Wood also provides a good resonance, good stick action and is pretty durable. You could use a big hunk of wood like the one I found above, or 2x4s would work really well too. You can probably order them online somewhere for cheaper too, or just pull them off of old electronics. A piezo element is a sensor that measures force and converts it into an electric charge. That charge become the signal, sent through the phone jack, which is sent to the drum machine or interface.

Tools you will need include: bandsaw or handsaw, drill press, drill bits, boring drill bit, soldering iron, epoxy glue, screw driver and ruler.

Once you have a piece of wood, cut out a chunk you want to use as your trigger. This could vary in size, depending on the aesthetic you're going for or how much area you want to be able to play. I've been using pieces that are about 4" x 3. It doesn't matter how large the chunk is as long as there is room for the piezo disk and phone jack. If you have a 2x4 you could probably cut your trigger on a band saw or miter saw.

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With that big chunk of wood, I used a hand saw and a circular saw. Once you have cut the piece you want, sand it down so its smooth to avoid getting splinters or cracking the wood.

Then find the center of one face of the piece and drill a hole with a boring drill, one that's large enough for the piezo element to fit inside. This way we can hide it in the piece of wood. You can usually leave the piezo element in the plastic case it comes in, it will still work fine, but if you need to conserve space, you could crack the case with a flat head screw driver and simply clue the piezo disc itself to your trigger.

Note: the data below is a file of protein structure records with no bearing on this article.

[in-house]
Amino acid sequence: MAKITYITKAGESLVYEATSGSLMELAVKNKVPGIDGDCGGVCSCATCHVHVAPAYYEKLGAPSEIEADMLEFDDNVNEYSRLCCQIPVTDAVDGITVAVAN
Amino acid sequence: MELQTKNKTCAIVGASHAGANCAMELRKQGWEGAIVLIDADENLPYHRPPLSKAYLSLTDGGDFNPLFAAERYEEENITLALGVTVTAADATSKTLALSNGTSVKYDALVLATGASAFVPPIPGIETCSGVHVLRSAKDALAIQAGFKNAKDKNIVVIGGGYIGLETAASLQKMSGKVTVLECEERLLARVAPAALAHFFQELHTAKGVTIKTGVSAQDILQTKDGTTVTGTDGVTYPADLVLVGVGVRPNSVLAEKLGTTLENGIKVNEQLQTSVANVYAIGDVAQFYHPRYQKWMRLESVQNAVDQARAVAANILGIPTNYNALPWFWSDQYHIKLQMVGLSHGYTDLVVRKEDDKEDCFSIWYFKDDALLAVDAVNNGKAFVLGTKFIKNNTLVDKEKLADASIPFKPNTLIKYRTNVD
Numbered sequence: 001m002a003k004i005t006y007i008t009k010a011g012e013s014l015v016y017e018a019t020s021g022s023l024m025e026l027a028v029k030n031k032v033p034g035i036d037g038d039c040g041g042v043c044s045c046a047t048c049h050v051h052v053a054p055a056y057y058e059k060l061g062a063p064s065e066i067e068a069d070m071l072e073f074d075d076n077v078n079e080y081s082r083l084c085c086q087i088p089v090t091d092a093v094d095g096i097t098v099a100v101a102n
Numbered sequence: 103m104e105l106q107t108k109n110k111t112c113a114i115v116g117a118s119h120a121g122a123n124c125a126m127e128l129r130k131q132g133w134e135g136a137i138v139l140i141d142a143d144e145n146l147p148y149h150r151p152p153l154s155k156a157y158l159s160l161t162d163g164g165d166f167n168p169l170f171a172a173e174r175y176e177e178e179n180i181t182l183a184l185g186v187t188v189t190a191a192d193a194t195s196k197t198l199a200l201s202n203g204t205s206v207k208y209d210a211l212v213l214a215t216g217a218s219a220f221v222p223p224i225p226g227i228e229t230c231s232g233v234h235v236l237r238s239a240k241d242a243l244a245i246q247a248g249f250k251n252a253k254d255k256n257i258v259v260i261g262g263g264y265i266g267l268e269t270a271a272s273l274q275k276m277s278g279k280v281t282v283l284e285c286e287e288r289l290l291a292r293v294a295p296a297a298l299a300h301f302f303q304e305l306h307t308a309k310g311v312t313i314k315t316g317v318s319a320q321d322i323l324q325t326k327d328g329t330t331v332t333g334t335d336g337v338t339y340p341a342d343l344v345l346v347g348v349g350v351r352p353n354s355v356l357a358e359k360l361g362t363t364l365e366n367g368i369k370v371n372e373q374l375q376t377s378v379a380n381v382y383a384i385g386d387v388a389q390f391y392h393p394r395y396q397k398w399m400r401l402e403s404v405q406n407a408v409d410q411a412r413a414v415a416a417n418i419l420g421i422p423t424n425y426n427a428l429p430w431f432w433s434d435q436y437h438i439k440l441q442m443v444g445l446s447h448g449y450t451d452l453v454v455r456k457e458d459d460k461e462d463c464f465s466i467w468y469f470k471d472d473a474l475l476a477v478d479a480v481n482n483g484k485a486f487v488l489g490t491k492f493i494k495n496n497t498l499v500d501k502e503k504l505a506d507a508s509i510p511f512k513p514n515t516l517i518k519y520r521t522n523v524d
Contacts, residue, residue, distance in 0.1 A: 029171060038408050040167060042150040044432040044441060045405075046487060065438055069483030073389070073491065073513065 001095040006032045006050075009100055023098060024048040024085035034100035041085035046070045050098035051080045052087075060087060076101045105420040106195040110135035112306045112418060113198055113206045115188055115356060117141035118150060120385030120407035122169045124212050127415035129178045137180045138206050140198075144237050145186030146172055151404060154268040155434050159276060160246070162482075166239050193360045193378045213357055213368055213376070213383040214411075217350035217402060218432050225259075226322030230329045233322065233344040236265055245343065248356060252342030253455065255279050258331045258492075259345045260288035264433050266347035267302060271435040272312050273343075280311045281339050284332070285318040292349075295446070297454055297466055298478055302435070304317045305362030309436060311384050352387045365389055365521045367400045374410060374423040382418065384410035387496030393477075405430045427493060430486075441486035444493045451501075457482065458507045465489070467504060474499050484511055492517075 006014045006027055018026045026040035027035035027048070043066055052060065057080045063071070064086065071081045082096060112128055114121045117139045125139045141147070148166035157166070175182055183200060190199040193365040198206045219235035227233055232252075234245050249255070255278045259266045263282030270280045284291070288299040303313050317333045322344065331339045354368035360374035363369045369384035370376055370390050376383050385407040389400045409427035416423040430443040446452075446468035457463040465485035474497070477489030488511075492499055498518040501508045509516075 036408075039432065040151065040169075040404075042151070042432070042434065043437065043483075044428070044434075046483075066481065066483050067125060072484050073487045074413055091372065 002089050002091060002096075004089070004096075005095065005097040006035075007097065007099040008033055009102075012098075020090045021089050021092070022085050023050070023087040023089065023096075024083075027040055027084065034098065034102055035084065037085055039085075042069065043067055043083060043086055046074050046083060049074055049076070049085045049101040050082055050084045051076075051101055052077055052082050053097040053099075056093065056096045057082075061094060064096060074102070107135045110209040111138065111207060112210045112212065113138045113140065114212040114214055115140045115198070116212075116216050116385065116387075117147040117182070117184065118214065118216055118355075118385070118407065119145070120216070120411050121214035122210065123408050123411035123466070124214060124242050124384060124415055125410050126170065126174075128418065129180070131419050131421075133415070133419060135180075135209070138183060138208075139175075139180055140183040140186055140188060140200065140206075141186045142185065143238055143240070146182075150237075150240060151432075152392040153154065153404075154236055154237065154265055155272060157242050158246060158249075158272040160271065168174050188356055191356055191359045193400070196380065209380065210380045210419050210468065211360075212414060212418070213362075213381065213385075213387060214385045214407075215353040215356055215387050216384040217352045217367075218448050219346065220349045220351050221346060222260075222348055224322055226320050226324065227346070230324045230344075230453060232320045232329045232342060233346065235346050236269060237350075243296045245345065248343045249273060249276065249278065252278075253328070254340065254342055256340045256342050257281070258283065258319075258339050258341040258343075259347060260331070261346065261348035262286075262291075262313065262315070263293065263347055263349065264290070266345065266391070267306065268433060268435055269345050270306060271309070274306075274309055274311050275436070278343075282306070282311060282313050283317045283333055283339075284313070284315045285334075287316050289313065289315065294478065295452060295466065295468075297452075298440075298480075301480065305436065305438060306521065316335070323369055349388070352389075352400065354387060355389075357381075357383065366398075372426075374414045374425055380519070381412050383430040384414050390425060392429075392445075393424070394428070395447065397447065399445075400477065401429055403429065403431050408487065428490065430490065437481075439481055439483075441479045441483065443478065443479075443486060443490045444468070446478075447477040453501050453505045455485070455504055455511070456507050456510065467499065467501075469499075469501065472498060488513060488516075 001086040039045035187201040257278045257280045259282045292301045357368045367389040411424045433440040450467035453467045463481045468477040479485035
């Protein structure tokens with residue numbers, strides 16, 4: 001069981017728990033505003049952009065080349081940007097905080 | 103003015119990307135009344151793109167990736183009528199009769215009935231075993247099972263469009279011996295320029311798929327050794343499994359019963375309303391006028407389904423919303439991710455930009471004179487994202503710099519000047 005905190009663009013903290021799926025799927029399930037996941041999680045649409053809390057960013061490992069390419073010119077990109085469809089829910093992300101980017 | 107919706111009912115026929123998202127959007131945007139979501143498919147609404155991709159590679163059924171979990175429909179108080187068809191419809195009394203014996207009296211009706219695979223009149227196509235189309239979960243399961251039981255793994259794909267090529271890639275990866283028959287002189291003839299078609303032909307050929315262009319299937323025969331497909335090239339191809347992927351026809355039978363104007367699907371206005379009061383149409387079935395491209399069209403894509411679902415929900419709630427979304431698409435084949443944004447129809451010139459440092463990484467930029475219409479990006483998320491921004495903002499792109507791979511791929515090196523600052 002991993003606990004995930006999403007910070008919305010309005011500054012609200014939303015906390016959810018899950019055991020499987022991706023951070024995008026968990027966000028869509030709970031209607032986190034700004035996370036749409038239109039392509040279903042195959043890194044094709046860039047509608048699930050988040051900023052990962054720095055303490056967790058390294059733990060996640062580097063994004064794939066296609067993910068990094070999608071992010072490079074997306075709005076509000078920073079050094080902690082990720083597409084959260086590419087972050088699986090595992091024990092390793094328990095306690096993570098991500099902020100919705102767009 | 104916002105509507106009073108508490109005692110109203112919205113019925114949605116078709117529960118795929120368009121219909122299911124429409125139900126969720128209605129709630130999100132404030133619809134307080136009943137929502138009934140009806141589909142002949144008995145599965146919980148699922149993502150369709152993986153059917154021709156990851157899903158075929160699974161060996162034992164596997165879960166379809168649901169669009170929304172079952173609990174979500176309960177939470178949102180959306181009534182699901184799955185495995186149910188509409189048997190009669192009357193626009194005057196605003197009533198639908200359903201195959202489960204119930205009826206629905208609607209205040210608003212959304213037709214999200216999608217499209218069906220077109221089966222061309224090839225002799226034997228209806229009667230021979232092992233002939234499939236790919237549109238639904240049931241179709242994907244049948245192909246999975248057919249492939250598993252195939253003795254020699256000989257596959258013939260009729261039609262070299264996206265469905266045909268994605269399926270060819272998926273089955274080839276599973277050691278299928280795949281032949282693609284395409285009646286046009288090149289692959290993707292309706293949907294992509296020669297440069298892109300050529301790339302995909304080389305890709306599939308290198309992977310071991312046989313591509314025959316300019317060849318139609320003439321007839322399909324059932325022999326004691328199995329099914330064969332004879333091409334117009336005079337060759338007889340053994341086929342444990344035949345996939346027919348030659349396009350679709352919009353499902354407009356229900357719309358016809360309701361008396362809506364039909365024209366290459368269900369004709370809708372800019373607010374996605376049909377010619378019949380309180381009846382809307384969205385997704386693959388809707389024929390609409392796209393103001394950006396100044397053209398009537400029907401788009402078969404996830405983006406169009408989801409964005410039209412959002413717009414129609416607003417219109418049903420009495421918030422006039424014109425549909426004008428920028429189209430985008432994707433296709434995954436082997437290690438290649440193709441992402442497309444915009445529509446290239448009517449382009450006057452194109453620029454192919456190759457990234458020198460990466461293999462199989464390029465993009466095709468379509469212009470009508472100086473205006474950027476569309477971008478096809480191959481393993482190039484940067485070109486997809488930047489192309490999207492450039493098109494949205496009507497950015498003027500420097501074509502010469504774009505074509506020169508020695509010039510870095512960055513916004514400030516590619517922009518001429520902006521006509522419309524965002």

Measure your piezo element and then use a boring bit or smooth finish bit to make a hole that will fit the piezo element. The largest boring bit I could find at my school's shop was 1. Once you have an impression in the wood large enough for the piezo element, place it inside and mark where to screw in pilot holes for the screws that will hold it in place.

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Once you screw the pilot holes with the correct size bit for the screw you want to use, try screwing the piezo element into place. Once the piezo element is fitted, take it out to install the phone jack. First, measure the diameter of the phone jack.Forums New posts Search forums. Articles Top Articles Search resources.

Members Current visitors. Log in Register. Search titles only. Search Advanced search…. New posts. Search forums. Log in. Welcome to our site! Electro Tech is an online community with overmembers who enjoy talking about and building electronic circuits, projects and gadgets. To participate you need to register. Registration is free. Click here to register now. JavaScript is disabled. For a better experience, please enable JavaScript in your browser before proceeding. Piezo trigger circuit. Thread starter Neurotic Start date Sep 21, Neurotic New Member.

The piezo can be connected to the base and emitter pins of a transistor and the keyboard can be connected to the collector and emitter pins.

Piezo trigger circuit